Green groups, rafters want say in Bear Swamp water releases

  • A raft from Zoar Outdoor navigates Zoar Gap in Charlemont. Recorder File Photo

Staff Writer
Published: 2/8/2019 11:56:04 PM

MONROE – Several environmental organizations and recreational companies plan to file to intervene in a license application submitted by the owner of Bear Swamp, a hydroelectric power station located on the Deerfield River in Monroe and Florida.

The hydroelectric power station is up for re-licensing for the first time since it opened in the 1970s. Hydropower licenses are issued for terms of up to 50 years, according to an online guide published by the Federal Energy Regulatory Commission.

The desires of environmental organizations and recreational companies are mostly at odds. Environmental groups want gradual releases of water year-round to preserve marine life in the Deerfield River. Conversely, recreational companies, who rely on water releases for white-water rafting tours, prefer faster releases of water in the summertime only, so as not to use up water in the off-season. 

The deadline to file to intervene in the license application filed by Brookfield Renewable Group, owner of Bear Swamp hydroelectric power station, is April 1. That’s 60 days after the company published a notice informing the public it had applied for a license application. 

Environmental non-profits Connecticut River Conservancy and Trout Unlimited say they intend to file to intervene in the application, citing concerns about the generators’ impacts on the river’s ecosystem. Such a study has been rejected twice by the Federal Energy Regulatory Commission in recent years, despite recommendations from the Mass. Department of Fisheries and Wildlife and the U.S. Fish and Wildlife Service. 

Trout Unlimited plans to request Brookfield Renewable Group conduct a study to assess the environmental effects of the station, Kevin Parsons, the organization’s former president and current co-chair of its conservation committee, said Thursday.  The organization is most concerned about how the power generator affects spawning habits of trout living in the Deerfield River. Trout eggs can die when the power generator releases too little water, or when it releases water too quickly, Parsons said. Trout Unlimited’s key objective is to create a healthy environment for trout in the Deerfield River, so much so that it becomes a destination for anglers.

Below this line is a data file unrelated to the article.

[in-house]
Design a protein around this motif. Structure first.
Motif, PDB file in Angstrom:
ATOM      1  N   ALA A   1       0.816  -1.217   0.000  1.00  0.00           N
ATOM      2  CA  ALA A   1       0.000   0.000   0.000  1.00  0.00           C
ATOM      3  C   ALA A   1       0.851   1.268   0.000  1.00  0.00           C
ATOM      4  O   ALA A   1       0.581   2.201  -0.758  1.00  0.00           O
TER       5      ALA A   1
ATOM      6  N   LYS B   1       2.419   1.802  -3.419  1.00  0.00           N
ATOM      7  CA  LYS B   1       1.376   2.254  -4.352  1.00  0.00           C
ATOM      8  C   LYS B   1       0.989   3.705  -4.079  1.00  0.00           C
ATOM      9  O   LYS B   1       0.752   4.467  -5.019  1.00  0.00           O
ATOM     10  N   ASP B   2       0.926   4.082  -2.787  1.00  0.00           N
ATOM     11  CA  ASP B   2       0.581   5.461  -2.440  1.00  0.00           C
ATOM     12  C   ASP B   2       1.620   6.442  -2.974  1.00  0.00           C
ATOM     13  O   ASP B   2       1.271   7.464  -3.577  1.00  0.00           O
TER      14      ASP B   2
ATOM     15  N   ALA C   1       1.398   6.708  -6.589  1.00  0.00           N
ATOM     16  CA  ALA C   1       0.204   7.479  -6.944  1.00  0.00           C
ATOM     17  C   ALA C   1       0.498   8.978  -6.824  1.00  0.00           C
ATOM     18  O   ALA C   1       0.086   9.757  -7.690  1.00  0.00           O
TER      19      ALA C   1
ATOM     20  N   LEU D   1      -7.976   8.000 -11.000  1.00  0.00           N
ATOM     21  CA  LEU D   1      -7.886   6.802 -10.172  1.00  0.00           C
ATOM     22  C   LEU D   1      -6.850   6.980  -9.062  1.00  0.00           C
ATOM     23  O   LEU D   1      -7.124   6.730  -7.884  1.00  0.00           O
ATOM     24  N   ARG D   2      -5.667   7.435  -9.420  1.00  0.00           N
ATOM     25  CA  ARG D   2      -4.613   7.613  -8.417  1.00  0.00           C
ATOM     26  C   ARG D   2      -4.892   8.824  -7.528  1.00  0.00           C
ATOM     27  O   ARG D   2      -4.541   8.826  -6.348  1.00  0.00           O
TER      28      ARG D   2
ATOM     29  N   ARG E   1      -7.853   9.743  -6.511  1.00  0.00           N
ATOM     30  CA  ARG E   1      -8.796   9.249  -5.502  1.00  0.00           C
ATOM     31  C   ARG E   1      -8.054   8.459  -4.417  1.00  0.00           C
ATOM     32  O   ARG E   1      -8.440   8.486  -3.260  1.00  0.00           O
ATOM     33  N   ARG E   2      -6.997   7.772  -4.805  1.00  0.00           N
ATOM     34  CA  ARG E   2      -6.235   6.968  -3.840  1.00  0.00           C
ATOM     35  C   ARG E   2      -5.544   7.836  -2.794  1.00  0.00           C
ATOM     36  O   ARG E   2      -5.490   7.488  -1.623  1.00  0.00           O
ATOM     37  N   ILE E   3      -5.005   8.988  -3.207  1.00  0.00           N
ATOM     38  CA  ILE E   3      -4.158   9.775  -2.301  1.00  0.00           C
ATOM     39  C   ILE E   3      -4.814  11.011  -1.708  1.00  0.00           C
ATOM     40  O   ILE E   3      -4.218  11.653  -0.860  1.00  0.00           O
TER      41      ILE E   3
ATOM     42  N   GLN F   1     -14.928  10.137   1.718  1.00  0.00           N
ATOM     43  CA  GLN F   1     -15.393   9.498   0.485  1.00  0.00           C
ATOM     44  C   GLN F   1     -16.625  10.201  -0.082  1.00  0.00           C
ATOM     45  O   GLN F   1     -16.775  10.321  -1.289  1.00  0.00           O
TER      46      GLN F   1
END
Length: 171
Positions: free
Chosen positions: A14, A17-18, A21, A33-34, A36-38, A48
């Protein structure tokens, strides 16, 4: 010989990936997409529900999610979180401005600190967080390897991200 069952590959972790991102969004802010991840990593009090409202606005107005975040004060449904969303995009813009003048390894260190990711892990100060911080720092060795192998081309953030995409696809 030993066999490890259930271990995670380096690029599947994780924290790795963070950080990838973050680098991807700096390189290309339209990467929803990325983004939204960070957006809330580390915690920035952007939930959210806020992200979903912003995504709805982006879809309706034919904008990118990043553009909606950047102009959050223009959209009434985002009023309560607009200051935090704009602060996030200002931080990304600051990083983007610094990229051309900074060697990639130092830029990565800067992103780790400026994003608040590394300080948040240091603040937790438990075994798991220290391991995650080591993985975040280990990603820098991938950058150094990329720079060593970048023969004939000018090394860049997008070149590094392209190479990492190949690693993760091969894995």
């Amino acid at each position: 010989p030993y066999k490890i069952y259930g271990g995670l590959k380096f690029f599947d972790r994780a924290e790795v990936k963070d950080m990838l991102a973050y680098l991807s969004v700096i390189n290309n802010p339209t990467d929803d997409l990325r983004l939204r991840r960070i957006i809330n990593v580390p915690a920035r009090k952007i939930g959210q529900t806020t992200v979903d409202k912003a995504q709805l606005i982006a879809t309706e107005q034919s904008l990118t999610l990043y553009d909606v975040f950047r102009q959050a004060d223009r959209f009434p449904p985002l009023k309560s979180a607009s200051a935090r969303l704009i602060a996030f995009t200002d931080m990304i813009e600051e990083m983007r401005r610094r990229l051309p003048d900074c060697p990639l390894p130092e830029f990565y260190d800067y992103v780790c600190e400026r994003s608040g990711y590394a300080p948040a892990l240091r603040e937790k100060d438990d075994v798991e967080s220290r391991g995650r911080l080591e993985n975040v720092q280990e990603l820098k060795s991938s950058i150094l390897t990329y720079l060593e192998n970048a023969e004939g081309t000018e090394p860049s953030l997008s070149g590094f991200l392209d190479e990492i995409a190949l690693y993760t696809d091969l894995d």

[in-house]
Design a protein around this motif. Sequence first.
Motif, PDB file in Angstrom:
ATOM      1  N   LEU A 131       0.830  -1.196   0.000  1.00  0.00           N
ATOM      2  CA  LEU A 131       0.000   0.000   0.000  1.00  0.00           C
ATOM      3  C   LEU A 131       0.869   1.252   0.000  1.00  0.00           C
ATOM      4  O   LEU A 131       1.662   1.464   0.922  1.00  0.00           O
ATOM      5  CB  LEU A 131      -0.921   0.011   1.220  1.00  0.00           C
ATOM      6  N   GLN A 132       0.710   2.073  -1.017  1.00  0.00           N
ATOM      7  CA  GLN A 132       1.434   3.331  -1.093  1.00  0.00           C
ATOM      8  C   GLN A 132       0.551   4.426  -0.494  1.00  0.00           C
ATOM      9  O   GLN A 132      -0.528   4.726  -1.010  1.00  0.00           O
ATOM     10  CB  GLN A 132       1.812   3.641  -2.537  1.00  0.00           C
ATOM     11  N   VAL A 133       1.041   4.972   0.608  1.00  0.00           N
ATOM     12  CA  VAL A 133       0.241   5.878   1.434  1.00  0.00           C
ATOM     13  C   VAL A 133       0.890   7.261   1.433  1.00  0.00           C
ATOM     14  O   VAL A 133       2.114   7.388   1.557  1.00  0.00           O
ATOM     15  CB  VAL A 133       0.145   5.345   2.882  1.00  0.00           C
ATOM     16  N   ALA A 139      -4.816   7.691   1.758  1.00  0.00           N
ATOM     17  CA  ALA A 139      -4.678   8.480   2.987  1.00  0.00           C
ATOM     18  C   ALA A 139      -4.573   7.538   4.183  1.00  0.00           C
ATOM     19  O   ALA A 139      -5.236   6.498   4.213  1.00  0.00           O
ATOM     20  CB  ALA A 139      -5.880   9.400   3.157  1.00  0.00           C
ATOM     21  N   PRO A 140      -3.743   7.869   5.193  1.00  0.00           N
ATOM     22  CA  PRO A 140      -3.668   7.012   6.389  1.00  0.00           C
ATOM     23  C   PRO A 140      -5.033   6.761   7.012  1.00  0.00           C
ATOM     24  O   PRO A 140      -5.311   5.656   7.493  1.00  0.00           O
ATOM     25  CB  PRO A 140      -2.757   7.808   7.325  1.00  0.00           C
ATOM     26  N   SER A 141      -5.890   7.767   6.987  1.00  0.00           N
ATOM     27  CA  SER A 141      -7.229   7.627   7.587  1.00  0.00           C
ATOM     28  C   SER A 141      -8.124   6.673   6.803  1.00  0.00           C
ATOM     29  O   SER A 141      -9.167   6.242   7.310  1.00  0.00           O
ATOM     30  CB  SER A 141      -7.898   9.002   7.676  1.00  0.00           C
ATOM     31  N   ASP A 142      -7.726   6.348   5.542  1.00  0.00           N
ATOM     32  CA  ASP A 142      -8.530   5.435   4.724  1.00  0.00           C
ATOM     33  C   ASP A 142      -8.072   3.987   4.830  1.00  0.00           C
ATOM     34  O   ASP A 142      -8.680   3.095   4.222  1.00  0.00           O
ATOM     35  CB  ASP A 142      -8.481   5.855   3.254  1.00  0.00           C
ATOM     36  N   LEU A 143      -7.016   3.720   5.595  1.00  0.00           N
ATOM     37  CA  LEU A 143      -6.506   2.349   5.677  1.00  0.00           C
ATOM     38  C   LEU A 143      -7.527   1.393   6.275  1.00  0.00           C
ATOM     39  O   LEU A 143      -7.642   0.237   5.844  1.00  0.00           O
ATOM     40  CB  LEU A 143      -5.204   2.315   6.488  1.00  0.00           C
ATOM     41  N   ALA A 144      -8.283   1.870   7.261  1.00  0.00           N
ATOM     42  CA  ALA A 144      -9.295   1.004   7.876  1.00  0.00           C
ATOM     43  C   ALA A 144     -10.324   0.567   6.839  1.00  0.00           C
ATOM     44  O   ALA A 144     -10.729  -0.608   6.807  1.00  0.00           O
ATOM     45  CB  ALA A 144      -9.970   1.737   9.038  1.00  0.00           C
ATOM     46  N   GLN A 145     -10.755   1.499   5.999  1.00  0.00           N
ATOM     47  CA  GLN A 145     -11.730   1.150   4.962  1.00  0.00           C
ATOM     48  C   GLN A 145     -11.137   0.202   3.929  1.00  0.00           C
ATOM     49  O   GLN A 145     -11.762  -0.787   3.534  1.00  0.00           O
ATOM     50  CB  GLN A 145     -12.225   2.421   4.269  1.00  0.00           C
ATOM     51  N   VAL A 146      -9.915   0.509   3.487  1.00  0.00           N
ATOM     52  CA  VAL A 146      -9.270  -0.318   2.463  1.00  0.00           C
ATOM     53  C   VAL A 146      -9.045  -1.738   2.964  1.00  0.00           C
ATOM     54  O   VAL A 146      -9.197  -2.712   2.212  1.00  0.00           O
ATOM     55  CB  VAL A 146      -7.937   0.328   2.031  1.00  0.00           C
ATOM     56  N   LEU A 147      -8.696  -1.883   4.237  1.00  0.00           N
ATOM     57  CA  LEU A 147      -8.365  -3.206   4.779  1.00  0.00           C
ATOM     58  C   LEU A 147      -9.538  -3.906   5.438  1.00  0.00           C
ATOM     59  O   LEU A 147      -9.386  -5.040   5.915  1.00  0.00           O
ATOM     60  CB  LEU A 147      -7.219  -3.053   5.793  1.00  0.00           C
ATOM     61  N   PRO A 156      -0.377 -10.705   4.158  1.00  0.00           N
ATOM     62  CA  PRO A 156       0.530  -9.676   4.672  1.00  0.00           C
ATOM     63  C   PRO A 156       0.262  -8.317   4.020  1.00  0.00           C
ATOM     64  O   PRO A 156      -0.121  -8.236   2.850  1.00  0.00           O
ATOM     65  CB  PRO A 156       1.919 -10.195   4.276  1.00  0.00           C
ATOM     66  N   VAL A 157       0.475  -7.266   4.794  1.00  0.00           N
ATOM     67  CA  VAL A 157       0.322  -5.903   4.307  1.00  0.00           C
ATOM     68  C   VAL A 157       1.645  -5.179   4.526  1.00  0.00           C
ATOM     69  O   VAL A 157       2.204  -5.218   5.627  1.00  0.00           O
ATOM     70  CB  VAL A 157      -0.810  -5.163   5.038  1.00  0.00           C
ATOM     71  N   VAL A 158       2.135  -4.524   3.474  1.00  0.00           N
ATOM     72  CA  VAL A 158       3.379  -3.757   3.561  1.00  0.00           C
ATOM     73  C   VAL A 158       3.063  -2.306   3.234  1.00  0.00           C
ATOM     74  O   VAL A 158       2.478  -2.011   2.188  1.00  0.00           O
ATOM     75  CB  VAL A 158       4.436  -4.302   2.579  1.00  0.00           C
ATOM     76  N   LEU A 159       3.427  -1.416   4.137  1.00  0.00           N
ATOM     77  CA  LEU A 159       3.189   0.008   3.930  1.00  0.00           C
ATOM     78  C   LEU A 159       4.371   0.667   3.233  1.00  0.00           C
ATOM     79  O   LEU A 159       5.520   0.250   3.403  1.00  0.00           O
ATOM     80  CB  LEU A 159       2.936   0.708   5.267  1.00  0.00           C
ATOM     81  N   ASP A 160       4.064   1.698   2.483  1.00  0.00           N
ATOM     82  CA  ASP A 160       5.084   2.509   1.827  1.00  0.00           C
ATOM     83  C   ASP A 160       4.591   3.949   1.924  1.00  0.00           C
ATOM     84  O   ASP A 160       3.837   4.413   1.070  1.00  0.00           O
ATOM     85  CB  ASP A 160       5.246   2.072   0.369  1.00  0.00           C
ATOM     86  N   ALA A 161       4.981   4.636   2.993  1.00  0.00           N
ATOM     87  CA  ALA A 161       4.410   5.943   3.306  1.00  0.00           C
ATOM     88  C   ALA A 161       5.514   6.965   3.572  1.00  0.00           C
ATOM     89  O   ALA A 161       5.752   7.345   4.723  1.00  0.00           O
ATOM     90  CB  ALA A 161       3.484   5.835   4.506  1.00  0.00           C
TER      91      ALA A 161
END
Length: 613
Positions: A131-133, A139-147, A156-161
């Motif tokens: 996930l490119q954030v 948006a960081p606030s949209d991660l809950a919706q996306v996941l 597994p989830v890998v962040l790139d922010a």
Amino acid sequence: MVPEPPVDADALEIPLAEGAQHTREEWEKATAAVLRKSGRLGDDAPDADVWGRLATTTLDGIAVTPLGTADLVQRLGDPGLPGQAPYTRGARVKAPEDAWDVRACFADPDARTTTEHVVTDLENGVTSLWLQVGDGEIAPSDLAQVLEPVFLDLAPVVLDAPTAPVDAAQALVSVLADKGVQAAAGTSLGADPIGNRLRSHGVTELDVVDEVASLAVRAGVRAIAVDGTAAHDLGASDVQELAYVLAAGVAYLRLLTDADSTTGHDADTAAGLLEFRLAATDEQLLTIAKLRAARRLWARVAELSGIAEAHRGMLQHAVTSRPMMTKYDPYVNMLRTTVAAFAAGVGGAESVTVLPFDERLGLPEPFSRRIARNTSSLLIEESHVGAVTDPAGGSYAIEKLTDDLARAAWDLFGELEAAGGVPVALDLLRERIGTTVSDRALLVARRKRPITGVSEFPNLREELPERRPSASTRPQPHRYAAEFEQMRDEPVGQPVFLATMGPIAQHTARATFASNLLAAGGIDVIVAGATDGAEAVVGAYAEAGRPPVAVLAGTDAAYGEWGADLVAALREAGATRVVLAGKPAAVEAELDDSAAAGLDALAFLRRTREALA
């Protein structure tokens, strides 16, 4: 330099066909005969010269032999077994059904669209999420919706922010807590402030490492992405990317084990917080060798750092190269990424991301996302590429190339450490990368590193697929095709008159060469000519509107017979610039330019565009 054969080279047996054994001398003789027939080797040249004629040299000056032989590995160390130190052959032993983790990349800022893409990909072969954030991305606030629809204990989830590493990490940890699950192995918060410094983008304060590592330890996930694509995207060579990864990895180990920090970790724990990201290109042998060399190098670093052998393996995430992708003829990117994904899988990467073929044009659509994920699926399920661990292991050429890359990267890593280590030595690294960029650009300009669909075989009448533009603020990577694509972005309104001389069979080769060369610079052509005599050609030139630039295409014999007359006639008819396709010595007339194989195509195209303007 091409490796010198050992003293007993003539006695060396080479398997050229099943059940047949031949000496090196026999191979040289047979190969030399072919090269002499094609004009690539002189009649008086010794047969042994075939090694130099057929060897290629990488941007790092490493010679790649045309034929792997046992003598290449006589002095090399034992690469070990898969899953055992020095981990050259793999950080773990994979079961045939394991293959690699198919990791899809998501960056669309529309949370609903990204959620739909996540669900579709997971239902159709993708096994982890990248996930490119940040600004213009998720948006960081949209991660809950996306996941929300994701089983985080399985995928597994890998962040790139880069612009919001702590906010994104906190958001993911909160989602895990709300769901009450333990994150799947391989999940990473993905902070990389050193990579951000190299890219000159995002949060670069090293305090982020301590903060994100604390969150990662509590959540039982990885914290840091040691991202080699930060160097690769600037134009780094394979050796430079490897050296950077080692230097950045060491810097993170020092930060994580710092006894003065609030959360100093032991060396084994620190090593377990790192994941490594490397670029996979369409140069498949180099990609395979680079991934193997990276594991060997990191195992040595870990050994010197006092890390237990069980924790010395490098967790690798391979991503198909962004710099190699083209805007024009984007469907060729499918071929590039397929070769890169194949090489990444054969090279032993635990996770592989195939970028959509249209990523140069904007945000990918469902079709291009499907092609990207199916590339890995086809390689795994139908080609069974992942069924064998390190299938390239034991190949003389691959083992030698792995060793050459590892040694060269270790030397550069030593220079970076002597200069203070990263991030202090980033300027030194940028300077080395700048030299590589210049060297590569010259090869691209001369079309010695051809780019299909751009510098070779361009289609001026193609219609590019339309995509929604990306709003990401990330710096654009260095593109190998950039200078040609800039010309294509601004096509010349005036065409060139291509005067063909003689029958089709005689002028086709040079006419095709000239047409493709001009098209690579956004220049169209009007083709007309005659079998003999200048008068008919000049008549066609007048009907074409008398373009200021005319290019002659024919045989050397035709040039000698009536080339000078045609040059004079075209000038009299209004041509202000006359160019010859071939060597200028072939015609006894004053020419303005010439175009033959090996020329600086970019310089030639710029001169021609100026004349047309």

“We want a longer, more gradual, up-and-down flow,” Parsons said. 

The Connecticut River Conservancy also intends to file to intervene in the application. River Steward Andrea Donlon said studies have indicated that bugs are negatively impacted by the power station. There were also no freshwater mussels found in the river – “and a river like the Deerfield River should have mussels,” Donlon said. However, much is still unknown about the power station’s impacts on the river, Donlon said, and an environmental study is necessary to find out. 

Several recreational companies will also protest the license, seeking more consistent flows of water to support their outdoor activities. Zoar Outdoor, a Charlemont outdoor company, intends to file to intevene in the power station’s licensing application with five other outdoor organizations in the area, President Bruce Lessels said Thursday. Zoar Outdoor relies on releases of water during its 120 to 130 days of operation. Of these days, the power station guarantees it will release water at 800 cubic feet per second (CFS) once per day for 106 days. On other days, the releases are less predictible. Lessels said the company is concerned that increasing flows of water outside of recreation season may use up the power station’s water reserves, meaning there won’t be enough water to release during the summertime. The cost to the three outfitters who rely on the power station is about $30,000, Lessels said. 

Meanwhile, environmental groups say that decreasing releases too much can hurt marine life. They say that gradual releases year-round of about 350 cubic feet per second (CFS) is vital to preserve the Deerfield River ecosystem.

“When they have a higher flow, it is faster, so they’re having a better time,” Parsons said. “We oppose their position in calling for an increase in flows.”

Asked about the power station’s effect on the river, Lessels said he did not think it had “significant impacts” on the environment. Lessels said he was not aware of the environmental study proposed in 2015 and 2018. 

The deadline to file to intervene in Brookfield Renewable Group’s application to re-license Bear Swamp hydroelectric power station is April 1. 

Reach Grace Bird at: gbird@recorder.com or 413-772-0261, ext. 280




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